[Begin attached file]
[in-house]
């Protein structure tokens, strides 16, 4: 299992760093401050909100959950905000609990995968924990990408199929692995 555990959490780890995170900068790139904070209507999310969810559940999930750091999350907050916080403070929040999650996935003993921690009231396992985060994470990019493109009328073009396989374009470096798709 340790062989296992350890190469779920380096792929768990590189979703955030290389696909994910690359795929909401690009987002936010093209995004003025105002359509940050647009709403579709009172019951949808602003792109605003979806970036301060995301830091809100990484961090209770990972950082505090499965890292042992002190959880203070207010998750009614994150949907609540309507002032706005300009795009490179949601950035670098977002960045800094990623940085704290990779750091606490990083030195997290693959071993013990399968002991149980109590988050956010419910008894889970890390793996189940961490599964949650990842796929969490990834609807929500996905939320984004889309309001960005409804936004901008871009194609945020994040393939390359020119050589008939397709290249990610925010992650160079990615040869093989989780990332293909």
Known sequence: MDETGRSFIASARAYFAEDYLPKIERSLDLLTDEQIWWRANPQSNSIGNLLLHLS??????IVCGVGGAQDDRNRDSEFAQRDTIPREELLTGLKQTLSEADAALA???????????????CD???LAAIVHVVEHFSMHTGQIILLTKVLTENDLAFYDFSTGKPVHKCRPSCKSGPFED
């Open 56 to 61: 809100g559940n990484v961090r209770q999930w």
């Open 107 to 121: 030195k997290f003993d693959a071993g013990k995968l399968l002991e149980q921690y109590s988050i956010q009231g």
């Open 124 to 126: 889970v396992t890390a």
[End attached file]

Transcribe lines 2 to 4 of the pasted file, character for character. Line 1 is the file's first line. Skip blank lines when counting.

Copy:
């Protein structure tokens, strides 16, 4: 299992760093401050909100959950905000609990995968924990990408199929692995 555990959490780890995170900068790139904070209507999310969810559940999930750091999350907050916080403070929040999650996935003993921690009231396992985060994470990019493109009328073009396989374009470096798709 340790062989296992350890190469779920380096792929768990590189979703955030290389696909994910690359795929909401690009987002936010093209995004003025105002359509940050647009709403579709009172019951949808602003792109605003979806970036301060995301830091809100990484961090209770990972950082505090499965890292042992002190959880203070207010998750009614994150949907609540309507002032706005300009795009490179949601950035670098977002960045800094990623940085704290990779750091606490990083030195997290693959071993013990399968002991149980109590988050956010419910008894889970890390793996189940961490599964949650990842796929969490990834609807929500996905939320984004889309309001960005409804936004901008871009194609945020994040393939390359020119050589008939397709290249990610925010992650160079990615040869093989989780990332293909």
Known sequence: MDETGRSFIASARAYFAEDYLPKIERSLDLLTDEQIWWRANPQSNSIGNLLLHLS??????IVCGVGGAQDDRNRDSEFAQRDTIPREELLTGLKQTLSEADAALA???????????????CD???LAAIVHVVEHFSMHTGQIILLTKVLTENDLAFYDFSTGKPVHKCRPSCKSGPFED
């Open 56 to 61: 809100g559940n990484v961090r209770q999930w």